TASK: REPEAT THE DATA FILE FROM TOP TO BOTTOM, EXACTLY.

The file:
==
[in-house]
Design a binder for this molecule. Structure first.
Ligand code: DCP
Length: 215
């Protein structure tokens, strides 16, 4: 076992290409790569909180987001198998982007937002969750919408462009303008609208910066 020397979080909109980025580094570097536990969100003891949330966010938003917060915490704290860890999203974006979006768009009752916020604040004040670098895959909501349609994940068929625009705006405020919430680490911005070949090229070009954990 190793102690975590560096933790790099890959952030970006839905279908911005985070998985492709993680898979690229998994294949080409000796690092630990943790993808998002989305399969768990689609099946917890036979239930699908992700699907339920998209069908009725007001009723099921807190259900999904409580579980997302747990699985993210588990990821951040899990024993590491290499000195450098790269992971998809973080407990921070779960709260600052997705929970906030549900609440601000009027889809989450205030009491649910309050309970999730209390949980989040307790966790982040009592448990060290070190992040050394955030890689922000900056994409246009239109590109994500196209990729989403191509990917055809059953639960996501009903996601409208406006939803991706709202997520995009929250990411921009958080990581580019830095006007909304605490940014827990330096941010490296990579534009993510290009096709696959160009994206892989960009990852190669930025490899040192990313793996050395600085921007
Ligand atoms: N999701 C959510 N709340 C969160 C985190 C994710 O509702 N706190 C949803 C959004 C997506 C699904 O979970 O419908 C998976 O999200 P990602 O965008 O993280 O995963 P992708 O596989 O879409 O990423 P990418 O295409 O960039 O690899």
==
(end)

[in-house]
Design a binder for this molecule. Structure first.
Ligand code: DCP
Length: 215
């Protein structure tokens, strides 16, 4: 076992290409790569909180987001198998982007937002969750919408462009303008609208910066 020397979080909109980025580094570097536990969100003891949330966010938003917060915490704290860890999203974006979006768009009752916020604040004040670098895959909501349609994940068929625009705006405020919430680490911005070949090229070009954990 190793102690975590560096933790790099890959952030970006839905279908911005985070998985492709993680898979690229998994294949080409000796690092630990943790993808998002989305399969768990689609099946917890036979239930699908992700699907339920998209069908009725007001009723099921807190259900999904409580579980997302747990699985993210588990990821951040899990024993590491290499000195450098790269992971998809973080407990921070779960709260600052997705929970906030549900609440601000009027889809989450205030009491649910309050309970999730209390949980989040307790966790982040009592448990060290070190992040050394955030890689922000900056994409246009239109590109994500196209990729989403191509990917055809059953639960996501009903996601409208406006939803991706709202997520995009929250990411921009958080990581580019830095006007909304605490940014827990330096941010490296990579534009993510290009096709696959160009994206892989960009990852190669930025490899040192990313793996050395600085921007
Ligand atoms: N999701 C959510 N709340 C969160 C985190 C994710 O509702 N706190 C949803 C959004 C997506 C699904 O979970 O419908 C998976 O999200 P990602 O965008 O993280 O995963 P992708 O596989 O879409 O990423 P990418 O295409 O960039 O690899």